Reposing Hard Plastic
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Thread: Reposing Hard Plastic

  1. #1

    Default Reposing Hard Plastic

    So I recently started working on my Shadows of Brimstone minis (btw, if anyone hasn't started on theirs yet, all the mini's are a nightmare to clean and I've only really only worked on a few types so far.) I want to repose my Void Spiders so they fit on a 28mm base, which means I have to repose the legs inwards. They are a polystyrene hard plastic and I've had little luck finding anything about reposing the material. Is a heat gun viable? Should I just cut the legs and glue at a different angle? Will boiling water or just putting them under a heater vent for a bit work?

    Name:  Void Spider.jpg
Views: 627
Size:  61.8 KB

  2. #2


    Since no one replied I decided to just give things a try. First, I tried putting it in front of a heater vent, didn't do anything. Next, I tried a heat gun.

    Name:  20170114_194029.jpg
Views: 502
Size:  115.0 KB base spider on left/heat gunned spider on the right (note the shortened front legs on the heat gunned spider)

    Test spider is on the right. While I was able to repose the front two legs the problem is that too much heat causes the plastic to shrink quickly and drastically, his two front legs are much shorter then the unmodified spider as a result of the heat. The difference between being poseable and shrinking is pretty narrow and if you stop the heat when it starts being poseable it almost instantly hardens again so you have to move things while the heat is on it. It's a very hard and unforgiving process.

    I then tried using hot water. Like the heat gun, as soon as the spider is removed from the water it hardens almost instantly, so heating it in water, taking it out and reposing isn't viable. While in the water though it will get hot enough to repose, I just had to do all the posing under the water while it was boiling (or near boiling.) Very hard to get the right angles on the legs under water but essentially it worked. The other problem is that some parts seem to have slightly shrunk (the 2 fangs is where I noticed it was more then just reposing causing the problem since I didn't move them and no warping from reshaping occurred.) So not really a viable method on most things. I tested the water on a 2nd model that hadn't been exposed to the heat gun and had the same result.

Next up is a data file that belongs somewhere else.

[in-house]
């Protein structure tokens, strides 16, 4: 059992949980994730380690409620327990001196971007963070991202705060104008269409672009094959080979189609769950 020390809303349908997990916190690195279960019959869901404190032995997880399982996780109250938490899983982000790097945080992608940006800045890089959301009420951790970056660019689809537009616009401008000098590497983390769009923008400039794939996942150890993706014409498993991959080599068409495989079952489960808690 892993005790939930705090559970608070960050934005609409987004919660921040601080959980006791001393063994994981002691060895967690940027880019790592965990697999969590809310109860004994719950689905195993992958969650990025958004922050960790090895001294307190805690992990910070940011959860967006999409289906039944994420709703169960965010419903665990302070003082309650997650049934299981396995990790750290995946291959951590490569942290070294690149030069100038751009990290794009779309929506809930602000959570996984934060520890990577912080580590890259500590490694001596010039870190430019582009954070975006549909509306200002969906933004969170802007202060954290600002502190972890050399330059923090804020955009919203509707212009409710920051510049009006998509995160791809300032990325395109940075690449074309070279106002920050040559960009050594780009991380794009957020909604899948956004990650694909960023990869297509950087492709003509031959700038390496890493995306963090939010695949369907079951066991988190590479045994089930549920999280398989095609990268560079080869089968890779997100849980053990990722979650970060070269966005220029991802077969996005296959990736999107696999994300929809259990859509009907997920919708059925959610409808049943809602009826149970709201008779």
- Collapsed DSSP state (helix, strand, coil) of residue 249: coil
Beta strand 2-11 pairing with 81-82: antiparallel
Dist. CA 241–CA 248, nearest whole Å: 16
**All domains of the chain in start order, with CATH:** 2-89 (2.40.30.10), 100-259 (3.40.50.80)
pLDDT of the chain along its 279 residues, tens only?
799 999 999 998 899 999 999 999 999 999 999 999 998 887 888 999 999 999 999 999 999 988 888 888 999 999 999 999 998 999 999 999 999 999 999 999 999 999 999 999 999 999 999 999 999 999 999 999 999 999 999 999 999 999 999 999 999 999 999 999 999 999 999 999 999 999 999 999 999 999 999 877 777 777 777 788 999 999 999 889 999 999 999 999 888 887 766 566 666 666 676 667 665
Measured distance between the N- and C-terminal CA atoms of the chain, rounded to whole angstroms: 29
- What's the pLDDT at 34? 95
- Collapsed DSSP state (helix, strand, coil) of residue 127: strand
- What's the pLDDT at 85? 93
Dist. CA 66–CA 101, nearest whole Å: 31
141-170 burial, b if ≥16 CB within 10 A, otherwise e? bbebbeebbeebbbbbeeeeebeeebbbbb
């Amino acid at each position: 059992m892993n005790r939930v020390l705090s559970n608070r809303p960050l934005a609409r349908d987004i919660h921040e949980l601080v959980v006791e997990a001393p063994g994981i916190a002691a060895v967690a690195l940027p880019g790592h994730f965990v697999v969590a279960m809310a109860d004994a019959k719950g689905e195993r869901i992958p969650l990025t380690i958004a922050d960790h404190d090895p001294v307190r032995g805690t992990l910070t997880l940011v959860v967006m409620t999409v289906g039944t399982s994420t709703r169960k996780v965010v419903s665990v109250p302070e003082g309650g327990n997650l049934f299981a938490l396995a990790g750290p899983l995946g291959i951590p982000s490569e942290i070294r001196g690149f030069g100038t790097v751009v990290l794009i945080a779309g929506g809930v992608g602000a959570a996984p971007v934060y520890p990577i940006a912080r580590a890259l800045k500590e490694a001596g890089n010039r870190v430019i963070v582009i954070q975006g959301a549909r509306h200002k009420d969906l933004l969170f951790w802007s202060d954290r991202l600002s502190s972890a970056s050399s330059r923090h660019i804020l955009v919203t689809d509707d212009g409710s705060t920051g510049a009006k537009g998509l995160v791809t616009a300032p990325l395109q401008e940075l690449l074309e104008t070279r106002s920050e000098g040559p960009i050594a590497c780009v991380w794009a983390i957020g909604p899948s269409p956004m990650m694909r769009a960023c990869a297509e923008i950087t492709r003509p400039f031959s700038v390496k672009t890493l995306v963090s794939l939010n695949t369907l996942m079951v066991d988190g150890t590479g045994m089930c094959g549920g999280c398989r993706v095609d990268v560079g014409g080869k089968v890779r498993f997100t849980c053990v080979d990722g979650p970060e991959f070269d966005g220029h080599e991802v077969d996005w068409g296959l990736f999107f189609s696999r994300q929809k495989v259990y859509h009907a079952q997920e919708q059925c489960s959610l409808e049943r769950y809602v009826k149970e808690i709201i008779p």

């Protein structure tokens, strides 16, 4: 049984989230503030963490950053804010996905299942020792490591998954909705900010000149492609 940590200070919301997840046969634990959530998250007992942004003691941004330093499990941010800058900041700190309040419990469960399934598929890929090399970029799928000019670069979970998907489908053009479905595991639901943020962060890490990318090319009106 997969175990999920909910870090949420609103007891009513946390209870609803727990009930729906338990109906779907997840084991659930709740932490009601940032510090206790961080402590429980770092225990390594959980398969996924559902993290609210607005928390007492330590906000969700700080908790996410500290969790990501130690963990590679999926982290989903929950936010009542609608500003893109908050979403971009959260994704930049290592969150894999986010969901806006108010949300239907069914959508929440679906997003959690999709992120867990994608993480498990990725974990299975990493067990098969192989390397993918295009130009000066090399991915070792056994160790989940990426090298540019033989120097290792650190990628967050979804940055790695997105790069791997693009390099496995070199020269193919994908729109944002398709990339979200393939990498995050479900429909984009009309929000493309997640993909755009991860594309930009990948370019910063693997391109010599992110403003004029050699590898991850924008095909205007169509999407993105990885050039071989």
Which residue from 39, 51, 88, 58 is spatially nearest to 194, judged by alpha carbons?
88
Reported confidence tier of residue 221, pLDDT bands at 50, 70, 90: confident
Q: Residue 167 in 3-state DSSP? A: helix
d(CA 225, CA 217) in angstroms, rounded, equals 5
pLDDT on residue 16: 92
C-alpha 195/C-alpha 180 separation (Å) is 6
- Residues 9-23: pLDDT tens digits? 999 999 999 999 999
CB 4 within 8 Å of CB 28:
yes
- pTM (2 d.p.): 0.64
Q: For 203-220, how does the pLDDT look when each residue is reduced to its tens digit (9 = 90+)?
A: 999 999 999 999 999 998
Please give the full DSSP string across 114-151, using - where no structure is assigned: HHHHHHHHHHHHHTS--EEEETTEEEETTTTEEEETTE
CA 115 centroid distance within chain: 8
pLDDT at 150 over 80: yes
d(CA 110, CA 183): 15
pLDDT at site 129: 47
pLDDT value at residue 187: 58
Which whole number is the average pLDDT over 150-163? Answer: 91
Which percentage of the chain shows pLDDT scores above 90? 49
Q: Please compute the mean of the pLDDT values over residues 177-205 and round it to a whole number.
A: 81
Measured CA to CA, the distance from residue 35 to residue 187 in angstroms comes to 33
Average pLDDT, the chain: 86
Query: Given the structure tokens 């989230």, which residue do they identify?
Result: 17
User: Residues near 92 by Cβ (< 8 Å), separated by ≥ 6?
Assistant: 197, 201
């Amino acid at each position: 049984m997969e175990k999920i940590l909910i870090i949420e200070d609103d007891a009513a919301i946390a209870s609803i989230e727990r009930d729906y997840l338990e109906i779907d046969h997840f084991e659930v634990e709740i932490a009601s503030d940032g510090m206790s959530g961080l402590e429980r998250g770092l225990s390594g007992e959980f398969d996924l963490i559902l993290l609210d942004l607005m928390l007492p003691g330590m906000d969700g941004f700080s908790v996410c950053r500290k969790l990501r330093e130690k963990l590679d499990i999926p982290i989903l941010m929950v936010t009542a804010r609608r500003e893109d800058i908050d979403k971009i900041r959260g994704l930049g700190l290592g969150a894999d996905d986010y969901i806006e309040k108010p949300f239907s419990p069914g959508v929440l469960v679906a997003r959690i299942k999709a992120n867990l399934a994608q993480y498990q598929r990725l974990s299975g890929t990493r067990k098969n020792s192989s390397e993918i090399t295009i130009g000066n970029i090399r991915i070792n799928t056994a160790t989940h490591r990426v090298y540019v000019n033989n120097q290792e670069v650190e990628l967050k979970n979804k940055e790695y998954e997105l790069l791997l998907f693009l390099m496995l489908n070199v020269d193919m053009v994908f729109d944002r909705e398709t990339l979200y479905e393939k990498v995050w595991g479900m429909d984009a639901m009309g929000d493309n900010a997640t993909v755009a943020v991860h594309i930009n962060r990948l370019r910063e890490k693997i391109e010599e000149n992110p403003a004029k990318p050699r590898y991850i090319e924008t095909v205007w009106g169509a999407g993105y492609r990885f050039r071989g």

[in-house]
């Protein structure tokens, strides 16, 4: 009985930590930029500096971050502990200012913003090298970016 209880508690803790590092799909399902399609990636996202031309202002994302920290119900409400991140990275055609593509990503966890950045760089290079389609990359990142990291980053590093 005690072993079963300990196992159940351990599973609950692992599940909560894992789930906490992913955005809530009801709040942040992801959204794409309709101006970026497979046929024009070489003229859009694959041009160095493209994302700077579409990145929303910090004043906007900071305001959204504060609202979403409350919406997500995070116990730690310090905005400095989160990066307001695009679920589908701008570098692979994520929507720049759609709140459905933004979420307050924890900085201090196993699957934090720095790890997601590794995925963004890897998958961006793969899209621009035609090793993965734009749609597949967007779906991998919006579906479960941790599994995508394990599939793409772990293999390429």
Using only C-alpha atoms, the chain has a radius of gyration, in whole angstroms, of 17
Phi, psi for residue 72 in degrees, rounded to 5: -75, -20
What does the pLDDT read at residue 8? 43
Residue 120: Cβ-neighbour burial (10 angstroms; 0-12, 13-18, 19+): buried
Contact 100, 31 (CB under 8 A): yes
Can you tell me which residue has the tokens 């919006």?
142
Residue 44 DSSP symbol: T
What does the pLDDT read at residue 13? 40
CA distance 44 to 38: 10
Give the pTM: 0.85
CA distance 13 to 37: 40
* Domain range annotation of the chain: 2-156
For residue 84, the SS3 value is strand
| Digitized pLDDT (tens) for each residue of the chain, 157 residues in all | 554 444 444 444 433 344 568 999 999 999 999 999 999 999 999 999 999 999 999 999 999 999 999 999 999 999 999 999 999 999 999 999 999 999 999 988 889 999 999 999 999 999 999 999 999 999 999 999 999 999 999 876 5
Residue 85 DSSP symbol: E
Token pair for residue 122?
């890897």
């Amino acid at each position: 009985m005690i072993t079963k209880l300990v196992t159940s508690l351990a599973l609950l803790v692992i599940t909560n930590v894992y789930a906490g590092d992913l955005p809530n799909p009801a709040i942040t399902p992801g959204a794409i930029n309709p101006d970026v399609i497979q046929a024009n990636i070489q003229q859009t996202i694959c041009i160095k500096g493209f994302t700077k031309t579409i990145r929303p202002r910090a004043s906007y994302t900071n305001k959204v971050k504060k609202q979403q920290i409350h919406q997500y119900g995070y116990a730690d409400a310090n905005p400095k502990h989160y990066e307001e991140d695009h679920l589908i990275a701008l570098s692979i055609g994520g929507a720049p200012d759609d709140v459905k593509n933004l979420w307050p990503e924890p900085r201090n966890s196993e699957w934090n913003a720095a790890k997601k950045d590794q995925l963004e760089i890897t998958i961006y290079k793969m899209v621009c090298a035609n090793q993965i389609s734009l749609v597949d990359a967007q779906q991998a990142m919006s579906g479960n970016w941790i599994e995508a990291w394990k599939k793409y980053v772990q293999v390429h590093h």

Name:  Void Water.jpg
Views: 510
Size:  49.6 KB Spider after boiling water reshaping

    After all this I also tried just putting a dab of plastic cement on the bottom of a joint to see if it would be enough but it wasn't, the amount of cement needed would just destroy the leg.

  3. #3


    I did not think its so hard to bend hard plastic.
    I don't know if it will work but i have one more idea:
    Try heating a piece of metal and press is on the underside of a joint. When the plastic shrinks on contact it perhaps pulls the leg more inwards...

  4. #4


    Interesting idea, I'll give it a try when I get a chance. Ill try on a sprue piece though as I worry about it melting the contact point aggressively.

  5. #5


    Sorry, I don't have any tips for you regarding the melting and bending. I would have clipped and repositioned.

    But, is there a reason you just didn't use slightly larger bases?

  6. #6


    Quote Originally Posted by supervike View Post
    Sorry, I don't have any tips for you regarding the melting and bending. I would have clipped and repositioned.

    But, is there a reason you just didn't use slightly larger bases?
    The spider/game design prevents larger bases from being used on them (the game didn't actually include any bases for them.) Game spaces are about 30mm wide, the spiders legs extend far enough that I'd need to use a 40mm base on them, which brings me to why I'm putting them on 25mm bases. Several large creatures use 40mm bases already, if everything else is on 30mm bases then when they are near a large creature they get pushed off of their square which can be a big problem when you have multiple large creatures near each other. Putting things on 25mm instead of 30mm gives the large creatures room enough to not actually push other things out of their square.

    Also, the spider legs are at kind of an awful angle for easily picking them up and sliding them makes a horrible screeching noise on the map tiles. Basing them just fixes a lot of issues.
    Last edited by Splurch; 01-22-2017 at 03:02 PM.

  7. #7


    Ah, I see.

  8. #8


    I would have opted for using a pin from the base and just making them hover over it. Most minis are smaller than their bases so standing next to another 28 mm would work (bases wouldn't clash) but your spider's legs would reach over onto the other mini's base (nicely terrifying)

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